With this one it helps to remember that “to lay” is referring to objects, and “to lie” is referring to a person’s body doing the action.

*table from

Like / As
Using like vs. as when preceding a comparison, here’s the trick…

If the comparison phrase has no verb, you use “like.”

She trembled like a leaf.
The heat in his gaze disappeared like a cool mist.

If the comparison phrase has a subject and verb, you MUST use “as” or “as though”.

She trembled as a leaf fluttering to the ground might tremble.
The heat in his gaze disappeared, as though he’d mentally taken a step back.

They (for one person)
When writing about a nameless person for whom you have not yet identified the gender, it can get tricky from a grammatical standpoint. Most writers will then refer to that person as “they.”

Ex. The thief was stealthy. They’d managed to get by all our security. They must move like a ninja.

The problem with this is “they” is plural, referring to more than one person. To be technically correct, you should write the above example in the following way:

Ex. The thief was stealthy. He or she had managed to get by all our security. He or she must move like a ninja.

This, obviously, can become quite clunky especially in fiction writing. We recommend reworking the sentence to try to avoid it when possible. Ask your publisher for his or her preference as well.

Ex. The thief was stealthy with skills like a ninja, because not a single one of our security measures had been tripped. 

Hopefully these were helpful. What common grammar mistakes do you find either you miss or often get missed in editing?

Social Media Images Help Find Readers

Social media, for most authors, is the primary means of advertising, marketing, and connecting with readers. A majority of authors start wit the basic needs–a banner image on Facebook and/or a website and use of their book covers.

But there are so many more options for what you can do with images in social media. For example, do you create custom, related images for your blog posts or most important social media posts? All current research shows that posts on social media which include graphics get a higher engagement than those which don’t.

Here are just a few ideas of different images you might want to try using on social media:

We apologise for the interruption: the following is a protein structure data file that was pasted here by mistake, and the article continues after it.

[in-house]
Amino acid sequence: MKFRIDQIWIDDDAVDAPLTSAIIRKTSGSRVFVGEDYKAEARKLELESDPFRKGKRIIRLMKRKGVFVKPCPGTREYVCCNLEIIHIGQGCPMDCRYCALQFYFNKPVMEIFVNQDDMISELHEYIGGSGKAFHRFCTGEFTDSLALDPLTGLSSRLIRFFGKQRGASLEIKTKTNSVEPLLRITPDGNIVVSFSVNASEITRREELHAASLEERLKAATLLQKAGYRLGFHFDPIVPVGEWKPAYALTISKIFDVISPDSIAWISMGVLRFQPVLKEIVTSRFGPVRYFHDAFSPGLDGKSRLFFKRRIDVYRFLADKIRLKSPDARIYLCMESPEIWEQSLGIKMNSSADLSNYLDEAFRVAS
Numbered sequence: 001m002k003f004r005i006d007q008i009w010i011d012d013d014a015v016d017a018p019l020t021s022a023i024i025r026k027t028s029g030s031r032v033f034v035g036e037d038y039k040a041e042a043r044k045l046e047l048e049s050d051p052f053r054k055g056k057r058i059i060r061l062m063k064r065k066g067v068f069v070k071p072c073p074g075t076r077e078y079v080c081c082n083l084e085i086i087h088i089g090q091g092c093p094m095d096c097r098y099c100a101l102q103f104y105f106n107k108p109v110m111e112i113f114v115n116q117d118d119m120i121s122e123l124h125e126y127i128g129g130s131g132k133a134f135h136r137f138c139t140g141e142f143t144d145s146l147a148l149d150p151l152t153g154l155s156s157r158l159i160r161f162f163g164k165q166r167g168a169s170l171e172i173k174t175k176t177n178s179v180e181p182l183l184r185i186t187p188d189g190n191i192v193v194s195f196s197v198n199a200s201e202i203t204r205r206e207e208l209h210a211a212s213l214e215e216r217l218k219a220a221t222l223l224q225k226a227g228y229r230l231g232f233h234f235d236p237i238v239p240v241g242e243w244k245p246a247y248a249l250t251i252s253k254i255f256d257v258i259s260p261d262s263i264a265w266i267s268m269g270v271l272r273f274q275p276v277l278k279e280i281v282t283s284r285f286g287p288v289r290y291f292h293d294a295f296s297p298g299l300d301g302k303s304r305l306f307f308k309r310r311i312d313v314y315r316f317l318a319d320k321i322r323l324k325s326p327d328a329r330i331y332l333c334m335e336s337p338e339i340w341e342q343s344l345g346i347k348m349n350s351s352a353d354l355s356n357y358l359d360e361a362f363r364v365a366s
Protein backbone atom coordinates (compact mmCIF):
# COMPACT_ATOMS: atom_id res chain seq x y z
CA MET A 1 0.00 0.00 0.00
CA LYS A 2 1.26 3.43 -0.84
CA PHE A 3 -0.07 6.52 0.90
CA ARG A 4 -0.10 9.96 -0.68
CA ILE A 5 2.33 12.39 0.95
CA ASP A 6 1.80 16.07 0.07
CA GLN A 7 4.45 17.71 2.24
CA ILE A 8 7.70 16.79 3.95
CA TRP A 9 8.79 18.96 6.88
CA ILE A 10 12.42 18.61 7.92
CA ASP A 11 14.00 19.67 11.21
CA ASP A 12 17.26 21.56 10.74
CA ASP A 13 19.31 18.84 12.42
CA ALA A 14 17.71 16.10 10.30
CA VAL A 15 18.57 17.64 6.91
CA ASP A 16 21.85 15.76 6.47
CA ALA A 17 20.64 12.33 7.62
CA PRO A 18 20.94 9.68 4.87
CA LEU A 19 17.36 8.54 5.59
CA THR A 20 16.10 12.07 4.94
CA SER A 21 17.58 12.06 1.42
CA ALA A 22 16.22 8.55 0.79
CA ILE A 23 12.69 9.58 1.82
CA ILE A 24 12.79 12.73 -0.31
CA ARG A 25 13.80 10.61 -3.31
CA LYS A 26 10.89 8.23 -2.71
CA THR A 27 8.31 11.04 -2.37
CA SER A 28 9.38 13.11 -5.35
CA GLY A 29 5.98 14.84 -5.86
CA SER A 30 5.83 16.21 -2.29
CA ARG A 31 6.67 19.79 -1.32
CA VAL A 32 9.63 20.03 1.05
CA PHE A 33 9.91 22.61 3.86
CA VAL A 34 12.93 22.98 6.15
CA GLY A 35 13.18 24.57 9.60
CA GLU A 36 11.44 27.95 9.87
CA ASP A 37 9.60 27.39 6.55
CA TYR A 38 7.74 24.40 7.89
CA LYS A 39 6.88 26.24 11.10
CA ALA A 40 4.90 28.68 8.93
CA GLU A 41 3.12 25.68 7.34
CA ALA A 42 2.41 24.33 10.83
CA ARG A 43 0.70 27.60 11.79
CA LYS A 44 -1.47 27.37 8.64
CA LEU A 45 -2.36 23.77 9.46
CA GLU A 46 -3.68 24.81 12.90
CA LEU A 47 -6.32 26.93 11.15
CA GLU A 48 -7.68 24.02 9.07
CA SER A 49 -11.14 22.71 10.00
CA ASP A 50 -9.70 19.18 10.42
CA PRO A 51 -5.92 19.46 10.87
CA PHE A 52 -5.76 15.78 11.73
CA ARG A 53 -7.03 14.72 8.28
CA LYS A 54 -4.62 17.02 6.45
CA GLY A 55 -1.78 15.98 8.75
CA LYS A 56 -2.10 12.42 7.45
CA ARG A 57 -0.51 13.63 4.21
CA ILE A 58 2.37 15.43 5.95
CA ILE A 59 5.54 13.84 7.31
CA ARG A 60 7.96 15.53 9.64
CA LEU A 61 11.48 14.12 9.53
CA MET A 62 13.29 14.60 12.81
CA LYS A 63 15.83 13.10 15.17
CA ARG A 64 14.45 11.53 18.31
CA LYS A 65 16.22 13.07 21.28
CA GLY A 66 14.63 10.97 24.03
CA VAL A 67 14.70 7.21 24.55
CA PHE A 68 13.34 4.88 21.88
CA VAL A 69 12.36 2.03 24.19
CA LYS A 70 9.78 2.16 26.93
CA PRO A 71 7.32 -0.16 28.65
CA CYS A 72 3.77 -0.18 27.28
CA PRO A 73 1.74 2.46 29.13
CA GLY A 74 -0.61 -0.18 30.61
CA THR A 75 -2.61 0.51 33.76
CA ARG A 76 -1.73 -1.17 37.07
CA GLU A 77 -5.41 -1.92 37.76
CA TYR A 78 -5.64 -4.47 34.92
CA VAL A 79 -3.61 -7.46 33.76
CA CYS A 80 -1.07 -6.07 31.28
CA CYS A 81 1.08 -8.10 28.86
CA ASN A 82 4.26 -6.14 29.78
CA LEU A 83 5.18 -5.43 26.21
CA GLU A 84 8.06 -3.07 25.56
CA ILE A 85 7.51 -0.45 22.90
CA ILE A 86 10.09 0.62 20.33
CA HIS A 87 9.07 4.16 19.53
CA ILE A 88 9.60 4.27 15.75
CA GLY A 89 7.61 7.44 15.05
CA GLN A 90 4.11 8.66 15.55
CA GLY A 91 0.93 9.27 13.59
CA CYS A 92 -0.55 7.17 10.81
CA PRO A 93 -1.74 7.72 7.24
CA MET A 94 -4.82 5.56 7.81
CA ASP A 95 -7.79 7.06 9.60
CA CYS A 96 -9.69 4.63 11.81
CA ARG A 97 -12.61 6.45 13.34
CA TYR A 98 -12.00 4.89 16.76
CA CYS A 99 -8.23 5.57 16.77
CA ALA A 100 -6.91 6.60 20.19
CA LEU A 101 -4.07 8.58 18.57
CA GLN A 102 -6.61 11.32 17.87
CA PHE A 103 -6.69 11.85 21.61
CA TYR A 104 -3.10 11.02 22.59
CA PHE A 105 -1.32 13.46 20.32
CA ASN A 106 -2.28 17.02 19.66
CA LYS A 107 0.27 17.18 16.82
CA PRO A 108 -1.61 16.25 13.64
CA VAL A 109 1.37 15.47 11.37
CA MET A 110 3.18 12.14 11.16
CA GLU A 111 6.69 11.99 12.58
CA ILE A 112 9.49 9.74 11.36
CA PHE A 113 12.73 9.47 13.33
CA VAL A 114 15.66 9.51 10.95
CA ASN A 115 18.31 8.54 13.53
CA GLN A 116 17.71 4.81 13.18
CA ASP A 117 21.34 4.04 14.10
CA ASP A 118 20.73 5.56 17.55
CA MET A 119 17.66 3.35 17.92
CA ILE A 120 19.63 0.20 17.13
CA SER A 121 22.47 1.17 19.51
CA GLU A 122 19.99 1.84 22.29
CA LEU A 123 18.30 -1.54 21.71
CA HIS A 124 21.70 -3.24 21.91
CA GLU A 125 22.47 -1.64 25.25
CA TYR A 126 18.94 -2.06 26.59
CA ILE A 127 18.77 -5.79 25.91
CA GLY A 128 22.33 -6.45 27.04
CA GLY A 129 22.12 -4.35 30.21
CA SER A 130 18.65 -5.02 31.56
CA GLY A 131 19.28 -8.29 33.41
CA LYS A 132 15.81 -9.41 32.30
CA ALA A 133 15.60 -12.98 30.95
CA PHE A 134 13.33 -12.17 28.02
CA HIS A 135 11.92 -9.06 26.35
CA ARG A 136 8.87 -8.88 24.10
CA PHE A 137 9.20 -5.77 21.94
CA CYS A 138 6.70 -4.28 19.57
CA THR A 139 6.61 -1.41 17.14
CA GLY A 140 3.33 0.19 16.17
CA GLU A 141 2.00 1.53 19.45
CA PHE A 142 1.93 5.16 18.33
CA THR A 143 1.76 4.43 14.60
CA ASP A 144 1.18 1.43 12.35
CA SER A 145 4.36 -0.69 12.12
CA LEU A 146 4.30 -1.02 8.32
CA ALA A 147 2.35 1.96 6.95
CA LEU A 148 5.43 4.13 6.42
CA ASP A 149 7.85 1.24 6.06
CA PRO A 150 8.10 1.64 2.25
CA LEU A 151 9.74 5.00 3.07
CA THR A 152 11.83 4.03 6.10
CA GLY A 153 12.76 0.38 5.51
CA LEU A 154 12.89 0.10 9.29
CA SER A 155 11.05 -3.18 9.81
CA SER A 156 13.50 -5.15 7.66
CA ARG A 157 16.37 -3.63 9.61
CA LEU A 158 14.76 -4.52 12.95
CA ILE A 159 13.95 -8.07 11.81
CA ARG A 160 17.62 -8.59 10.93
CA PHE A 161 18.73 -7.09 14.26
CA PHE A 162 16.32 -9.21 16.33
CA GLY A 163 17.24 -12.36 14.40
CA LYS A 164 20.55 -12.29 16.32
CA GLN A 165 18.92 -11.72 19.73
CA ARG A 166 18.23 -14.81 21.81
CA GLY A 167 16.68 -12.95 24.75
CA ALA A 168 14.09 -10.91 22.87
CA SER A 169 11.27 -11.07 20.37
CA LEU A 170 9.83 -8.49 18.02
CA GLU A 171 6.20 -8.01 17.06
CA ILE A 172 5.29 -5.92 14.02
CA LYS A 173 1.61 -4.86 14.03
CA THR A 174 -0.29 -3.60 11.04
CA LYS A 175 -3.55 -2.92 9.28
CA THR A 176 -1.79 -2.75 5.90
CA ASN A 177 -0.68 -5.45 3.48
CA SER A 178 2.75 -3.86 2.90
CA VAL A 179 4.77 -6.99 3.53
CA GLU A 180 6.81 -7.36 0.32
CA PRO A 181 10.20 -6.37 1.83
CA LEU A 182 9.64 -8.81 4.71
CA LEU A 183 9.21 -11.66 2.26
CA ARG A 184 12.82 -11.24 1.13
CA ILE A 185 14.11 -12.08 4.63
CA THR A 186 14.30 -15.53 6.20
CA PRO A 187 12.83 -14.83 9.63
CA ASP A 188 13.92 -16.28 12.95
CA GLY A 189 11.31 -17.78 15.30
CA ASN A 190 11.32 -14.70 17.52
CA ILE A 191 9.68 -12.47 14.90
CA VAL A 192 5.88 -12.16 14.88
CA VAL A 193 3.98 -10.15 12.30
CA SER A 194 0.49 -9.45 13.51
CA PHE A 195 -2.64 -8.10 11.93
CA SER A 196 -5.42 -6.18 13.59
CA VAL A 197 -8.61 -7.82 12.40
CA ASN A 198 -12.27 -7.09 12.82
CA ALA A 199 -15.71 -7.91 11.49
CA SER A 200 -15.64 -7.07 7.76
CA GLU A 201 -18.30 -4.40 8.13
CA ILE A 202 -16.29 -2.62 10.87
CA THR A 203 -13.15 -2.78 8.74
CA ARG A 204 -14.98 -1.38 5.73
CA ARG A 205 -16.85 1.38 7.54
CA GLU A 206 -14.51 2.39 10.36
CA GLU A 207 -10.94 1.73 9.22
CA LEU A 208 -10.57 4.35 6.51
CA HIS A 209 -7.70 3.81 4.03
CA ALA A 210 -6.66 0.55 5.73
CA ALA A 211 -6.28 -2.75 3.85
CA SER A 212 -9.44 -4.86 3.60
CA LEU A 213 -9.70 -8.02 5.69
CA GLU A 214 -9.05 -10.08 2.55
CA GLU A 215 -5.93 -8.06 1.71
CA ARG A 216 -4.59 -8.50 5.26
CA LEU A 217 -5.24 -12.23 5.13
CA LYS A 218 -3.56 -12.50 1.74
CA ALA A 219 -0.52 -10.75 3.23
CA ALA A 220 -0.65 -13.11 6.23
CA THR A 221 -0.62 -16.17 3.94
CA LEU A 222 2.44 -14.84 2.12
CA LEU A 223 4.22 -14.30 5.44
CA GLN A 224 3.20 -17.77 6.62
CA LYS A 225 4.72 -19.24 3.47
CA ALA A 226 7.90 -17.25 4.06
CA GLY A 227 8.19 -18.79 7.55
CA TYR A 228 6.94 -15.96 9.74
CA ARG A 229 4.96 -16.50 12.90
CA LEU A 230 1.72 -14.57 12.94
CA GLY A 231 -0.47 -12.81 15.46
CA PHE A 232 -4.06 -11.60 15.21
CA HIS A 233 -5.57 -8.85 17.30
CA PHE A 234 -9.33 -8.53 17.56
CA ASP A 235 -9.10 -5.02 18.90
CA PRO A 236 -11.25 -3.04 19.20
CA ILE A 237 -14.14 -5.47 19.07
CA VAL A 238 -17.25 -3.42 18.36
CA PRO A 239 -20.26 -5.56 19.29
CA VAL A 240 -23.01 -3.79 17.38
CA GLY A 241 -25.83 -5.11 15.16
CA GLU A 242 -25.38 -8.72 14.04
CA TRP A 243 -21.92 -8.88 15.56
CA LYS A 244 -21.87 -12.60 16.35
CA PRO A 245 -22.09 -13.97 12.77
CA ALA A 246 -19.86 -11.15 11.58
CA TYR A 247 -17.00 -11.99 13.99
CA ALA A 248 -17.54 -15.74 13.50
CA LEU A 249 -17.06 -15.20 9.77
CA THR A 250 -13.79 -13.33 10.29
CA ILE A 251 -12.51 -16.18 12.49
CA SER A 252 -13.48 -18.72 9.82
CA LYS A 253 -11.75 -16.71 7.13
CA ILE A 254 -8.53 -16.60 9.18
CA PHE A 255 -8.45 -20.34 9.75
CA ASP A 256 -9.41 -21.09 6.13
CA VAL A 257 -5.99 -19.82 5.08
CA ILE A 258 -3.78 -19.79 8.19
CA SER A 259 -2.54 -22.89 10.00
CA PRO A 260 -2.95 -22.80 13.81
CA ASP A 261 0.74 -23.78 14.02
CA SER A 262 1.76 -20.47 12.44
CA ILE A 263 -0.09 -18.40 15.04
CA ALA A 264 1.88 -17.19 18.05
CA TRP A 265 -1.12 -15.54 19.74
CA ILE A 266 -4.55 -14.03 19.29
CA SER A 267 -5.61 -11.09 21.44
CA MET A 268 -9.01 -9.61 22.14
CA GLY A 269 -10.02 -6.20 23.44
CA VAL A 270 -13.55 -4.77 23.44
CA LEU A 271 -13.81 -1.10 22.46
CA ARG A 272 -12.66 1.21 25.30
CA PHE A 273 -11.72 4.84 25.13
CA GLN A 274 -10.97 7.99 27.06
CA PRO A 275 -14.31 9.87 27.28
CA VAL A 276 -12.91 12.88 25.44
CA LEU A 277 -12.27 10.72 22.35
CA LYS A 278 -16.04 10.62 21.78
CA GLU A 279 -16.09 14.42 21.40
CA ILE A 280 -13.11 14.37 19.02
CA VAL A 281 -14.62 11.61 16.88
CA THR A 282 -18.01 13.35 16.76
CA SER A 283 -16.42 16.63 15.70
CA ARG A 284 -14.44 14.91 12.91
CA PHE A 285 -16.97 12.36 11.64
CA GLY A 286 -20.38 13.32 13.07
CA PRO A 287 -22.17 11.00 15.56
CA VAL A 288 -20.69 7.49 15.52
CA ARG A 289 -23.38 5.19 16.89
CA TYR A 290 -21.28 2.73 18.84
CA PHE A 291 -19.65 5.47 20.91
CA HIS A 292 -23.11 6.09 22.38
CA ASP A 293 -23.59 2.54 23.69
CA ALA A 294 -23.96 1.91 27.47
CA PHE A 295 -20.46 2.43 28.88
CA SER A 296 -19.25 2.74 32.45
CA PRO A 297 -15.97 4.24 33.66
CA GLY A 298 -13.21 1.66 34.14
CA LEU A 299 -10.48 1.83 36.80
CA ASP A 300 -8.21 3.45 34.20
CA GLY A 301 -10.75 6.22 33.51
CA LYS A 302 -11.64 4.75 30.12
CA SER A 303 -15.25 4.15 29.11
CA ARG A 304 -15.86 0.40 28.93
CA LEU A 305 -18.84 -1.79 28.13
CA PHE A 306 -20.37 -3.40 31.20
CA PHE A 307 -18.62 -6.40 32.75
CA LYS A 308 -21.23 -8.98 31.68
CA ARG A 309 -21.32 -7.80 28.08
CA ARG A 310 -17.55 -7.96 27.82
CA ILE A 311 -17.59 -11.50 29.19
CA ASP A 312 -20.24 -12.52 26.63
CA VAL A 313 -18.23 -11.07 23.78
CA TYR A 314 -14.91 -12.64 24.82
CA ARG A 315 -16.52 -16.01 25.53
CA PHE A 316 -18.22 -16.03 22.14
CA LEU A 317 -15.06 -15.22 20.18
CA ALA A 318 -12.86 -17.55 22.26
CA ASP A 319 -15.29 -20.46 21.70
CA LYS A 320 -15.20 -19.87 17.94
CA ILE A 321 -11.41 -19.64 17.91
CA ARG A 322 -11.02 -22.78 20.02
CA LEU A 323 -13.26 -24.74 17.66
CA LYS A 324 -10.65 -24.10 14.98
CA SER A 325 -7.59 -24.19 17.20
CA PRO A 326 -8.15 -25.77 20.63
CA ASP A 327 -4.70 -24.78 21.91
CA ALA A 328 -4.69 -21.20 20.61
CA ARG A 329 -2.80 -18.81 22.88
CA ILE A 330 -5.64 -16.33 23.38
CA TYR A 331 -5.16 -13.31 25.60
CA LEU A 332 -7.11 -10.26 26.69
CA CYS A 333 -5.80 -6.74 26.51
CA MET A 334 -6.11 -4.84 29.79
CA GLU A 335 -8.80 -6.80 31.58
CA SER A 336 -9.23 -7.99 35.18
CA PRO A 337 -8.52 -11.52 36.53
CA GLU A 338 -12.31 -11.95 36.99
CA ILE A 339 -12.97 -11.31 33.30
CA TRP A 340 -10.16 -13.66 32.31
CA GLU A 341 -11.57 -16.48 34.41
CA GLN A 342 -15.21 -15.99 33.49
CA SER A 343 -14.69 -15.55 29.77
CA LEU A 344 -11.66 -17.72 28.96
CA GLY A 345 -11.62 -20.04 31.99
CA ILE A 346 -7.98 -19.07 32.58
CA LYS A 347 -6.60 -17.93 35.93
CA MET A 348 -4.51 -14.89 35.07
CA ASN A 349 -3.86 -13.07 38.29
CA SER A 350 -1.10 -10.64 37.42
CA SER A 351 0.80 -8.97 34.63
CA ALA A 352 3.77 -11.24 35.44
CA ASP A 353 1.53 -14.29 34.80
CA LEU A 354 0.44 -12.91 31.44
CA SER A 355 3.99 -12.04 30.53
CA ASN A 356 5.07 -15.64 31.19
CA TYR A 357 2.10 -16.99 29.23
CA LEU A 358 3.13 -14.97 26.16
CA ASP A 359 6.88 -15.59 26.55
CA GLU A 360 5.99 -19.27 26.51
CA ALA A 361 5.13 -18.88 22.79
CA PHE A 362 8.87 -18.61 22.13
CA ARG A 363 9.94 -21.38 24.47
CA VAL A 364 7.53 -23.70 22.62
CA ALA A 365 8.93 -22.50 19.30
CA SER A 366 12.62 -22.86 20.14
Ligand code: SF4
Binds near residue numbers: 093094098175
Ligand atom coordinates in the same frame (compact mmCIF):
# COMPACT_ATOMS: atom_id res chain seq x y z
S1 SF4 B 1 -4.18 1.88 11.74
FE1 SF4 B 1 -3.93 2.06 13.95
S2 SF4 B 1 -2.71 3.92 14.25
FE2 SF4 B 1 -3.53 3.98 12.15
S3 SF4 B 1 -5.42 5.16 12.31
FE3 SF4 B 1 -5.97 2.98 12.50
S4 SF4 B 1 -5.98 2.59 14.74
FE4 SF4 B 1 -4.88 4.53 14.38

Banners are the long/skinny images that go across the top of your Facebook, Twitter, Google+, website, or other platforms. Sometimes a website has multiple banners, one across the top and one or more on the home page or at the top of each main page. Typically, you want these images to include your logo and/or website. They can also be used to announce/advertise the most important upcoming dates for you as an author (usually new releases).

These image can include more detailed graphics for paid online or print magazine ads. They can also be ads on other websites or in newsletters. This means they come in a wide range of sizes and needs.

Use images–usually on Facebook or Twitter–to announce anything from new releases to sales to book signings and so forth. Images will always engage more than just text for these announcements.

Memes are usually just for fun–funny comments on being an author, what you feel like without coffee in the morning, etc. They can also help catch the attention of new readers for your books. Make a meme which has an image of your heroine and a quote from the book, or the cover with the tagline.

Blog Posts
Always try to have an image that helps grab attention when you post on your blog. Usually, an image which includes the catchy title of the blog post is a great place to started. Other images which illustrate whatever the topic is are also good.

There are a ton of other ways to use imagery when posting on social media. Hopefully these gave you a few new things to think about.

By the way, there is a fantastic page at Make a Website Hub which shows the recommended image dimensions (as of 2016) for various social media needs.

Task Management: Top 10 Efficiency Tips


Task management. This is a necessary evil that every person with anything to do must deal with in some form or other.

At work, at home, with your kids, at school, in your writing life…No matter where you are in life, you are dealing with tasks. How would you like some tips and tricks to help you be as efficient as possible while you’re working through all those tasks, to-do lists, chores, and obligations? Here are my top 10 tips for task execution: